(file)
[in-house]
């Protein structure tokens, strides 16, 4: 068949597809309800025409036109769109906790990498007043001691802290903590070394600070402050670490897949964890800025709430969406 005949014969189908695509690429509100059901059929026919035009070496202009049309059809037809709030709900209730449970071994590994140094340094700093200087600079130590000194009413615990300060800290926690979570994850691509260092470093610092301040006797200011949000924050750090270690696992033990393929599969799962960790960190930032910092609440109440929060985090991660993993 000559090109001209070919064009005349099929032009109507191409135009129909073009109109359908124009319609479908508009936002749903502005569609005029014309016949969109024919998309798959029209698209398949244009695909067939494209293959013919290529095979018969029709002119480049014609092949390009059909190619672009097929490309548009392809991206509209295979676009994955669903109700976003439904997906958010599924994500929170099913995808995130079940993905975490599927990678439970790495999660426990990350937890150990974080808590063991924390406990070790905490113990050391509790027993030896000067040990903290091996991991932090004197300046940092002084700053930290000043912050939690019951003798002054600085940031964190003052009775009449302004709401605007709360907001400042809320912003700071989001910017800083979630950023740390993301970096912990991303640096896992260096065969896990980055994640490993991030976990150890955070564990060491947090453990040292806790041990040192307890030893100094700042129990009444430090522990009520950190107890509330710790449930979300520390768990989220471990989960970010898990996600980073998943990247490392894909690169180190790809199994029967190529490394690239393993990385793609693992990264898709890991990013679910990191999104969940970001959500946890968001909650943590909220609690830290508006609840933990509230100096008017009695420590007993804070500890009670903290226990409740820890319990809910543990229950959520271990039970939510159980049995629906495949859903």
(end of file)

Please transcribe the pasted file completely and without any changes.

[in-house]
């Protein structure tokens, strides 16, 4: 068949597809309800025409036109769109906790990498007043001691802290903590070394600070402050670490897949964890800025709430969406 005949014969189908695509690429509100059901059929026919035009070496202009049309059809037809709030709900209730449970071994590994140094340094700093200087600079130590000194009413615990300060800290926690979570994850691509260092470093610092301040006797200011949000924050750090270690696992033990393929599969799962960790960190930032910092609440109440929060985090991660993993 000559090109001209070919064009005349099929032009109507191409135009129909073009109109359908124009319609479908508009936002749903502005569609005029014309016949969109024919998309798959029209698209398949244009695909067939494209293959013919290529095979018969029709002119480049014609092949390009059909190619672009097929490309548009392809991206509209295979676009994955669903109700976003439904997906958010599924994500929170099913995808995130079940993905975490599927990678439970790495999660426990990350937890150990974080808590063991924390406990070790905490113990050391509790027993030896000067040990903290091996991991932090004197300046940092002084700053930290000043912050939690019951003798002054600085940031964190003052009775009449302004709401605007709360907001400042809320912003700071989001910017800083979630950023740390993301970096912990991303640096896992260096065969896990980055994640490993991030976990150890955070564990060491947090453990040292806790041990040192307890030893100094700042129990009444430090522990009520950190107890509330710790449930979300520390768990989220471990989960970010898990996600980073998943990247490392894909690169180190790809199994029967190529490394690239393993990385793609693992990264898709890991990013679910990191999104969940970001959500946890968001909650943590909220609690830290508006609840933990509230100096008017009695420590007993804070500890009670903290226990409740820890319990809910543990229950959520271990039970939510159980049995629906495949859903």